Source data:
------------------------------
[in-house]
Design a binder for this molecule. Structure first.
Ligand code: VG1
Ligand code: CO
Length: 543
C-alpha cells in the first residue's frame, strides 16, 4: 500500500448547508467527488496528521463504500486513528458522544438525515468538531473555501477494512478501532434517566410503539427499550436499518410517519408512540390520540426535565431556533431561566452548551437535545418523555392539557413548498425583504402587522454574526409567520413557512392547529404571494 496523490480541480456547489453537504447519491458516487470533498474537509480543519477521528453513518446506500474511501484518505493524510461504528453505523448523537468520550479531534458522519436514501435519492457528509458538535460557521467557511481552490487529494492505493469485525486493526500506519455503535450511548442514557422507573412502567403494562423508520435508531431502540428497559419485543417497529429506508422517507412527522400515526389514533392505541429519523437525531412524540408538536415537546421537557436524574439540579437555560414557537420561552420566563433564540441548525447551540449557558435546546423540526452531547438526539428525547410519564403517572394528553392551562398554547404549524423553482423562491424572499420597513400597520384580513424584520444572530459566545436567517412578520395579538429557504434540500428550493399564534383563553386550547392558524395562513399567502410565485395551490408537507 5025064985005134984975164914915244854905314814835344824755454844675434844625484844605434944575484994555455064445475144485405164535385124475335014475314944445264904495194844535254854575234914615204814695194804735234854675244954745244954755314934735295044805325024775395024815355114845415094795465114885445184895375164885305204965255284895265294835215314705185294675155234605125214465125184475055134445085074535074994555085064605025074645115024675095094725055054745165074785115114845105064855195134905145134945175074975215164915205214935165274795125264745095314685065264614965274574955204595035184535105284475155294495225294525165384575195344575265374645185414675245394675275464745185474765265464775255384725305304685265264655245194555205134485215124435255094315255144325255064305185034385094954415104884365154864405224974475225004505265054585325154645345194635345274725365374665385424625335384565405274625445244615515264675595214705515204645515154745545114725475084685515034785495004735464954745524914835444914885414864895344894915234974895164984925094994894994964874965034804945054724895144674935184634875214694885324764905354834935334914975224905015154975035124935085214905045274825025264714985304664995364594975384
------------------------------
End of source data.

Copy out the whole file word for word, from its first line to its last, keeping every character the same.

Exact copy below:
[in-house]
Design a binder for this molecule. Structure first.
Ligand code: VG1
Ligand code: CO
Length: 543
C-alpha cells in the first residue's frame, strides 16, 4: 500500500448547508467527488496528521463504500486513528458522544438525515468538531473555501477494512478501532434517566410503539427499550436499518410517519408512540390520540426535565431556533431561566452548551437535545418523555392539557413548498425583504402587522454574526409567520413557512392547529404571494 496523490480541480456547489453537504447519491458516487470533498474537509480543519477521528453513518446506500474511501484518505493524510461504528453505523448523537468520550479531534458522519436514501435519492457528509458538535460557521467557511481552490487529494492505493469485525486493526500506519455503535450511548442514557422507573412502567403494562423508520435508531431502540428497559419485543417497529429506508422517507412527522400515526389514533392505541429519523437525531412524540408538536415537546421537557436524574439540579437555560414557537420561552420566563433564540441548525447551540449557558435546546423540526452531547438526539428525547410519564403517572394528553392551562398554547404549524423553482423562491424572499420597513400597520384580513424584520444572530459566545436567517412578520395579538429557504434540500428550493399564534383563553386550547392558524395562513399567502410565485395551490408537507 5025064985005134984975164914915244854905314814835344824755454844675434844625484844605434944575484994555455064445475144485405164535385124475335014475314944445264904495194844535254854575234914615204814695194804735234854675244954745244954755314934735295044805325024775395024815355114845415094795465114885445184895375164885305204965255284895265294835215314705185294675155234605125214465125184475055134445085074535074994555085064605025074645115024675095094725055054745165074785115114845105064855195134905145134945175074975215164915205214935165274795125264745095314685065264614965274574955204595035184535105284475155294495225294525165384575195344575265374645185414675245394675275464745185474765265464775255384725305304685265264655245194555205134485215124435255094315255144325255064305185034385094954415104884365154864405224974475225004505265054585325154645345194635345274725365374665385424625335384565405274625445244615515264675595214705515204645515154745545114725475084685515034785495004735464954745524914835444914885414864895344894915234974895164984925094994894994964874965034804945054724895144674935184634875214694885324764905354834935334914975224905015154975035124935085214905045274825025264714985304664995364594975384